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The Amazon Basin is arguably both the least-known and the most complex linguistic region in the world today. Itis thehome of sorne languages belonging to around 20 language familes, plus more than a dozen genetic isolates, and manyof these languages often incom pletely documented and mostly endangered show properties that con stitute exceptions to received ideas about Hnguistic universals. This book is the first to provide an overview in a single volume of this rich and exciting linguistic area. The editors and contributors have sought to make their descriptions as c1ear and accessible as possible, in arder to provide a basis for further research on the structural characteristics of Amazonian languages and their gene tic and area!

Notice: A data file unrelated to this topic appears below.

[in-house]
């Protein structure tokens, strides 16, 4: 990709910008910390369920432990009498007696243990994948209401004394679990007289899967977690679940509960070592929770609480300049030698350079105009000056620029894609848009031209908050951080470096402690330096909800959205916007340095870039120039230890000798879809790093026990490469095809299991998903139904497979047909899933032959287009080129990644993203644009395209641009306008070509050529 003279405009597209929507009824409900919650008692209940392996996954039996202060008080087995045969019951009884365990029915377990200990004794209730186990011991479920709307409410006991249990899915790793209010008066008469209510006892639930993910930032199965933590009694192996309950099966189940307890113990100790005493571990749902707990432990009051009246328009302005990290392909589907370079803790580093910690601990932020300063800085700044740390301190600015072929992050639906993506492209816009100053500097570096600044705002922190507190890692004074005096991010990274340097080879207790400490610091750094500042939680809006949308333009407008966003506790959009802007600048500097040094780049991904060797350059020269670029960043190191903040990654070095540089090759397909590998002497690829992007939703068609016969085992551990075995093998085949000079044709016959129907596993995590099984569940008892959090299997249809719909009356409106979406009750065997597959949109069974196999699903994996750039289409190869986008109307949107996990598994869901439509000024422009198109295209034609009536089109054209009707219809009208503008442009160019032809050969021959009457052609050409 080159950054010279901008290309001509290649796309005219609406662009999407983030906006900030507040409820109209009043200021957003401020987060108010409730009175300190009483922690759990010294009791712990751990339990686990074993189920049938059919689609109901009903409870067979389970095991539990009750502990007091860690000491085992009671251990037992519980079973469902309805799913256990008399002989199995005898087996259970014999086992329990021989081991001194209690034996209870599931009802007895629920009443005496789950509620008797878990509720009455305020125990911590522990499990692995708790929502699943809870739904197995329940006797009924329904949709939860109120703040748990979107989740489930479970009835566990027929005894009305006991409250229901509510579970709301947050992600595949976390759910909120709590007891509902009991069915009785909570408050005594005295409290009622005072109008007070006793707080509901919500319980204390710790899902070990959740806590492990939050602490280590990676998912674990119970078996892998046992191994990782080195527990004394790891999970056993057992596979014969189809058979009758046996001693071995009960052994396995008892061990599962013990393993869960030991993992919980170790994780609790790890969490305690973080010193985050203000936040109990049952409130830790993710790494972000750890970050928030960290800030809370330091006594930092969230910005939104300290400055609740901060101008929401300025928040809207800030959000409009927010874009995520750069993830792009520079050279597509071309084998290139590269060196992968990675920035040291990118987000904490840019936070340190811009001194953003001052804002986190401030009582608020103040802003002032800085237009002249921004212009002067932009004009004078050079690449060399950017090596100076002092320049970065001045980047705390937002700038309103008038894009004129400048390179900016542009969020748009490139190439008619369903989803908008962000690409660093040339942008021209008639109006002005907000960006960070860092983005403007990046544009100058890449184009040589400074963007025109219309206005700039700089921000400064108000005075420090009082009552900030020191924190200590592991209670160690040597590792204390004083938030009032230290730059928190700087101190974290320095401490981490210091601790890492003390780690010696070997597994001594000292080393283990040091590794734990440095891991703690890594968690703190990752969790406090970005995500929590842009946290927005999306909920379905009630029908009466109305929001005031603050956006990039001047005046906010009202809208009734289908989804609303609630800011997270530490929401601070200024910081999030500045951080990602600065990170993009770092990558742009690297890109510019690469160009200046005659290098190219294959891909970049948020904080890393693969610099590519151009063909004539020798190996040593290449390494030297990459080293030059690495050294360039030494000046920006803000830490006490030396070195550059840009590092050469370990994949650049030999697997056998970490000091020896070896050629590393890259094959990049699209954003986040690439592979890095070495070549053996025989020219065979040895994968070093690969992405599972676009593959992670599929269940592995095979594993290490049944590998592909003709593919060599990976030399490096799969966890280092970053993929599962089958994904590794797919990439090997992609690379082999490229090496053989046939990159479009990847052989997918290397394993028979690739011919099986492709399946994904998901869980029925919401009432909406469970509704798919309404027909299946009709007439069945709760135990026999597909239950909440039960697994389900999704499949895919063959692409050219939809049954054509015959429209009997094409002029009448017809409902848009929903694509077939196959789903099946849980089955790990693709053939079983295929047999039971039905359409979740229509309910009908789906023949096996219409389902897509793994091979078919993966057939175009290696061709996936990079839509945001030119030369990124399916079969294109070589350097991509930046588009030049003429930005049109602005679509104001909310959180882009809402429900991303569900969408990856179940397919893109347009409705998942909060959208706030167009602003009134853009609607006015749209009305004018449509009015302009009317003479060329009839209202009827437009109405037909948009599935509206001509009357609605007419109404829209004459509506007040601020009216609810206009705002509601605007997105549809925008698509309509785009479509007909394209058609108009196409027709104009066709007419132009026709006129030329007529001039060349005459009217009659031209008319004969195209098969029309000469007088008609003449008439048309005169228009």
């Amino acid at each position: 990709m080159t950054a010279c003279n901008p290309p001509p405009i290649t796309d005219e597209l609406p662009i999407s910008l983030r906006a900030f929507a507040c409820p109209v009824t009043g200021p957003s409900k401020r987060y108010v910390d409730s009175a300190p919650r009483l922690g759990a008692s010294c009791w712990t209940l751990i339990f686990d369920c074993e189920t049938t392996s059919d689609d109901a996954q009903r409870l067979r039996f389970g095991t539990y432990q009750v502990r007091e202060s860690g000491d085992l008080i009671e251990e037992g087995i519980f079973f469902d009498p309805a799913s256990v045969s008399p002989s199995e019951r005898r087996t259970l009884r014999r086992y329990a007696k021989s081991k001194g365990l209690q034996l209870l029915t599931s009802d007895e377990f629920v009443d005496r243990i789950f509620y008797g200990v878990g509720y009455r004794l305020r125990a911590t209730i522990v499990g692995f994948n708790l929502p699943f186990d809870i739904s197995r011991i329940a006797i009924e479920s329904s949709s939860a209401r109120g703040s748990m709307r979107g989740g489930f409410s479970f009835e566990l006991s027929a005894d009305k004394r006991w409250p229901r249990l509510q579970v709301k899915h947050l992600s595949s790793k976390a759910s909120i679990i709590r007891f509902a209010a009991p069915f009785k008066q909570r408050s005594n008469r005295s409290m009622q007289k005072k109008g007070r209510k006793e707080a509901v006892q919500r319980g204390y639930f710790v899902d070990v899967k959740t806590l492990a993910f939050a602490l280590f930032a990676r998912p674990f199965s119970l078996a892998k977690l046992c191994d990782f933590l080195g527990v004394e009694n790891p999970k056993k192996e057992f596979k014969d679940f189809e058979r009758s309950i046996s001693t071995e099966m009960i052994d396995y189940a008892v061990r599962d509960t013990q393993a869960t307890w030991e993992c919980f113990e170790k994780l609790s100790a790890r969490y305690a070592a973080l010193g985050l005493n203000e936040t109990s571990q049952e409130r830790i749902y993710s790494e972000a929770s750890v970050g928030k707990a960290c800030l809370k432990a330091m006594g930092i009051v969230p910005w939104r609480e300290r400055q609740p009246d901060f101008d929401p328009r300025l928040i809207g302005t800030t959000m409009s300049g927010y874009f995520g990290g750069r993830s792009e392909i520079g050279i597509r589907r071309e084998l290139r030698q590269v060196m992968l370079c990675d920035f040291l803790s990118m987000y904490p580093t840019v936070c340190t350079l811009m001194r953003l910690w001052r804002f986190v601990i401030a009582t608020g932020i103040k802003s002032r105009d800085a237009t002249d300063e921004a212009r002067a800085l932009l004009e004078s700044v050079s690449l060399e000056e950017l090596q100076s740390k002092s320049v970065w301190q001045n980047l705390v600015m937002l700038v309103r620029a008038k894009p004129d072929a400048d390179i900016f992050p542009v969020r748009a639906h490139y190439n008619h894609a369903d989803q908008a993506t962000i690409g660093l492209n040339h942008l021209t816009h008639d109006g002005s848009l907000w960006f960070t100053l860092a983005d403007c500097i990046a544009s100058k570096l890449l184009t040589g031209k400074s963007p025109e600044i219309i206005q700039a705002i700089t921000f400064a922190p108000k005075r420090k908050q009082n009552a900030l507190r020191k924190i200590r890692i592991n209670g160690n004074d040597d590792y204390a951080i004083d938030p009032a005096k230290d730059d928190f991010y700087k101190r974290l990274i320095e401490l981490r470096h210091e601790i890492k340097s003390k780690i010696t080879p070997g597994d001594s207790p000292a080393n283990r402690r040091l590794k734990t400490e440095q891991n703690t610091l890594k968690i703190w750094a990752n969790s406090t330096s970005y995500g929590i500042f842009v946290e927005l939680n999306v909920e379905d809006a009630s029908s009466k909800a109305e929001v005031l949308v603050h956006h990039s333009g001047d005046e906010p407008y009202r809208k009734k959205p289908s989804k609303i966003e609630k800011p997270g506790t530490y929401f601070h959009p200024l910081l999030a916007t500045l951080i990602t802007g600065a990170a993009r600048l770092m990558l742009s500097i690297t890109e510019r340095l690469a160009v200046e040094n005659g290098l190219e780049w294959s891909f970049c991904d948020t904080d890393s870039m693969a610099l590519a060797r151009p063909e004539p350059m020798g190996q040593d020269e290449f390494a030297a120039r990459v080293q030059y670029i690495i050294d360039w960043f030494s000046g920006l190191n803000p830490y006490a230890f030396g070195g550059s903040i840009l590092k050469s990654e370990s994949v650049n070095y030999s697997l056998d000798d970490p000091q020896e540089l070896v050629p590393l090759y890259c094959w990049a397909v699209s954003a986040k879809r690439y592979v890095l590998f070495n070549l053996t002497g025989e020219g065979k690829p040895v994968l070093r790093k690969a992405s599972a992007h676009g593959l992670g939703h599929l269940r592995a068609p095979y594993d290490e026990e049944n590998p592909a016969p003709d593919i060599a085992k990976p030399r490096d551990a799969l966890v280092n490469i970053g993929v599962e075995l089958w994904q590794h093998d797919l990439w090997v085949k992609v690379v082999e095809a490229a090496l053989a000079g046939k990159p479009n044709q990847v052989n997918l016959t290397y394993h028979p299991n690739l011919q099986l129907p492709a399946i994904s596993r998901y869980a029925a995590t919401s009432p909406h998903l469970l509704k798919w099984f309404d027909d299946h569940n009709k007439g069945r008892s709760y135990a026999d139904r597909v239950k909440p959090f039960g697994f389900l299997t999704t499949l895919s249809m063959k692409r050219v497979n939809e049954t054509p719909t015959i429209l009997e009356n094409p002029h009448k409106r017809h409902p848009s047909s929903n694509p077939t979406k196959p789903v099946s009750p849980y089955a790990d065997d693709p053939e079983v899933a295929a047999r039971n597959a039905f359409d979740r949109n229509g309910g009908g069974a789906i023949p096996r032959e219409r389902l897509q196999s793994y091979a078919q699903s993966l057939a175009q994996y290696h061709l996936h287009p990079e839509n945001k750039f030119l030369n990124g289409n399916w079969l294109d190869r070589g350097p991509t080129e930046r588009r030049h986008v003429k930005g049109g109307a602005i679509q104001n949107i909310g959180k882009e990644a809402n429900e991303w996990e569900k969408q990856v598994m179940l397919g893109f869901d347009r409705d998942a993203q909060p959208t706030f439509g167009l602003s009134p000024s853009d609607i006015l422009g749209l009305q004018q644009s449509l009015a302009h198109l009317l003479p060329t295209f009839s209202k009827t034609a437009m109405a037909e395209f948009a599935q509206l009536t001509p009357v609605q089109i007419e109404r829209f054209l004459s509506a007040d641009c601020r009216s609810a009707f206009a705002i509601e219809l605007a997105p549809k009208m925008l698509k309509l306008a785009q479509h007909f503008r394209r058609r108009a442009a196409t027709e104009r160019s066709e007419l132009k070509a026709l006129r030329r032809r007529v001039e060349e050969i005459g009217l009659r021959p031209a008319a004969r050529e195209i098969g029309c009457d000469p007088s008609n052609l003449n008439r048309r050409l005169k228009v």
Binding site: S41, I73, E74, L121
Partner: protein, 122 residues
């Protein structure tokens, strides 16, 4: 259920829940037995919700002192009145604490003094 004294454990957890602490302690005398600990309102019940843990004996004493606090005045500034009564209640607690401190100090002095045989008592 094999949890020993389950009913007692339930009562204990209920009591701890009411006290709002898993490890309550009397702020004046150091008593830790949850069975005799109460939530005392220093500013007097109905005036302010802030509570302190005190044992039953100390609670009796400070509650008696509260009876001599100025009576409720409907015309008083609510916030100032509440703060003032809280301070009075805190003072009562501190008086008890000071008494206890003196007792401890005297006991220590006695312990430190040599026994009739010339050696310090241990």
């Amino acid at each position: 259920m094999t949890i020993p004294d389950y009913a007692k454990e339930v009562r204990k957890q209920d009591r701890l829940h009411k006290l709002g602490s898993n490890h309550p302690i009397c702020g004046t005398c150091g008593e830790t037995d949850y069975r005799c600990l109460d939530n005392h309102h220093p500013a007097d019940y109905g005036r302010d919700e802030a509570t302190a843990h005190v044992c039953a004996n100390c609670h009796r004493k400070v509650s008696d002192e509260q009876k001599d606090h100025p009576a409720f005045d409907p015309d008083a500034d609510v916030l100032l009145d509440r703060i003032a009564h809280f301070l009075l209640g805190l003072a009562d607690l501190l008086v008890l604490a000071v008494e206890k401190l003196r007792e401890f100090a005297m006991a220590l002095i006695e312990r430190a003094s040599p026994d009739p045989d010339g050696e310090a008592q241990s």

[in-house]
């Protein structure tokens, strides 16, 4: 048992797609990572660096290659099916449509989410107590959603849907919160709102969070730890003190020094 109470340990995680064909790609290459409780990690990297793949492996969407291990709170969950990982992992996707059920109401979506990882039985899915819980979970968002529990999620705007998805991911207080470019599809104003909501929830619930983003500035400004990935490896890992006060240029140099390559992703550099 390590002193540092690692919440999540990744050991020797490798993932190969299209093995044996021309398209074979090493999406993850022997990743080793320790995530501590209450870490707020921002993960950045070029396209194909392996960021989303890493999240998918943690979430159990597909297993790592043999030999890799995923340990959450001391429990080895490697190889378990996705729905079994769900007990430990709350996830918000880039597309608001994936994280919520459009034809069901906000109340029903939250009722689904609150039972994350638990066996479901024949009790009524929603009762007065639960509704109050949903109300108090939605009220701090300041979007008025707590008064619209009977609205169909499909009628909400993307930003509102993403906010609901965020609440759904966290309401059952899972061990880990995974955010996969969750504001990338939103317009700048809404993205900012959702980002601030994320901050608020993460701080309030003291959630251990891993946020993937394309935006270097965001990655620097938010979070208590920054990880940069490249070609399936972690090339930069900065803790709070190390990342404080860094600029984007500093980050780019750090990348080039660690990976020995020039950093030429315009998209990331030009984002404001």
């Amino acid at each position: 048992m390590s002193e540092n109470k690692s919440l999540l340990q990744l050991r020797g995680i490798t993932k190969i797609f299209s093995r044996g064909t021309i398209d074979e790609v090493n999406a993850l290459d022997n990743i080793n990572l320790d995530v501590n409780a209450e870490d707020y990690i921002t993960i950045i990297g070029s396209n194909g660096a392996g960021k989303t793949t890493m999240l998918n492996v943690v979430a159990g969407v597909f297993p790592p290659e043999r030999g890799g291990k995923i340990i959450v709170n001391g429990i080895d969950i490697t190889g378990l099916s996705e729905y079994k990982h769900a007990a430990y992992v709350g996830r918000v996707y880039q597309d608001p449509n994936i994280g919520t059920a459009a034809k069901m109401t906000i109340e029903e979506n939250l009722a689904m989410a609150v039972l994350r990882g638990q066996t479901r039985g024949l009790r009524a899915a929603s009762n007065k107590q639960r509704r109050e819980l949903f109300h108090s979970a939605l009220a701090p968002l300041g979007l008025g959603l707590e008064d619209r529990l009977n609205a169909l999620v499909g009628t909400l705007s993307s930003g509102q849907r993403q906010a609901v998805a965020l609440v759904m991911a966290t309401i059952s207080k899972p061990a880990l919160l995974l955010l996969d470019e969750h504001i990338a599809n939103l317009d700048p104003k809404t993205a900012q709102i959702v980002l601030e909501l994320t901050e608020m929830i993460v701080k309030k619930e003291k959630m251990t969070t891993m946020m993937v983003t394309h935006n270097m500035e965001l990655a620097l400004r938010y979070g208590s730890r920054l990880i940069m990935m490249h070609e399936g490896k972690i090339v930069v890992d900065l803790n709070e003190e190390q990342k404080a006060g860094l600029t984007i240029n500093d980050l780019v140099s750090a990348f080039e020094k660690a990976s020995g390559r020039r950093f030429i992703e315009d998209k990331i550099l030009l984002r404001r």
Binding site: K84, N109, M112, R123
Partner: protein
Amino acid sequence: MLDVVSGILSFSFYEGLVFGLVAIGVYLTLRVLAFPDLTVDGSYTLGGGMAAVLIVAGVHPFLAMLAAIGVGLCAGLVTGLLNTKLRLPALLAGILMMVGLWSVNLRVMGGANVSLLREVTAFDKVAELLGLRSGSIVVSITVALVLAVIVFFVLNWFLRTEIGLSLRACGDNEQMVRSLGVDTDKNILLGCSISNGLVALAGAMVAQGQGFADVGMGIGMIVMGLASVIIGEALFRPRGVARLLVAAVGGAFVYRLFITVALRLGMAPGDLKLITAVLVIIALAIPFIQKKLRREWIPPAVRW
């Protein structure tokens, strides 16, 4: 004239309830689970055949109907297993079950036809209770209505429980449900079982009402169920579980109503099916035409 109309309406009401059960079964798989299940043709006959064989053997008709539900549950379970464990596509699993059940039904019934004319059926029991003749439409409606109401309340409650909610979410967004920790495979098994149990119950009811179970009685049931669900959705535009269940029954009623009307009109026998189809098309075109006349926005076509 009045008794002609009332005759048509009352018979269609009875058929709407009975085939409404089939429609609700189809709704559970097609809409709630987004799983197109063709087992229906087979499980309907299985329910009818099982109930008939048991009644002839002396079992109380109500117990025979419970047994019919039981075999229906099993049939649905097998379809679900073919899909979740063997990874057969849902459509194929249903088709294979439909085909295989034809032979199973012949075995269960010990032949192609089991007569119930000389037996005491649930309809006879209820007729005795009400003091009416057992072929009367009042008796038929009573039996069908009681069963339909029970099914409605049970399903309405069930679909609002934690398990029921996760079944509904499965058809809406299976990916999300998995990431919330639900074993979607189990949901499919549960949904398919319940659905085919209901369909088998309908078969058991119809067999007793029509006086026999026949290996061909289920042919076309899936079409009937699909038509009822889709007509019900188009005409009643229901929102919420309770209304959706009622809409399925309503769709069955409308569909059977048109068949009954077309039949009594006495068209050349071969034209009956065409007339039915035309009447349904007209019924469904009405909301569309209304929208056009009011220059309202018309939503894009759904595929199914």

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Comparative Survey of Morphology and Syntax in Brazilian Arawakan
Abbott, M. Derbyshire and G. Pullum eds. Berlin: Mouton de Gruyter, 23— Find this resource:. Abler, Thomas S. Trigger ed.
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Upload PDF. PDF Restore Delete Forever DC Derbyshire, GK Pullum. Mouton de Gruyter, editors Derbyshire, Desmond C. and Geoffrey K. Pullum. Walter de 57, Comparative survey of morphology and syntax in Brazilian Arawakan. DC Derbyshire. Handbook of Amazonian languages 1, , .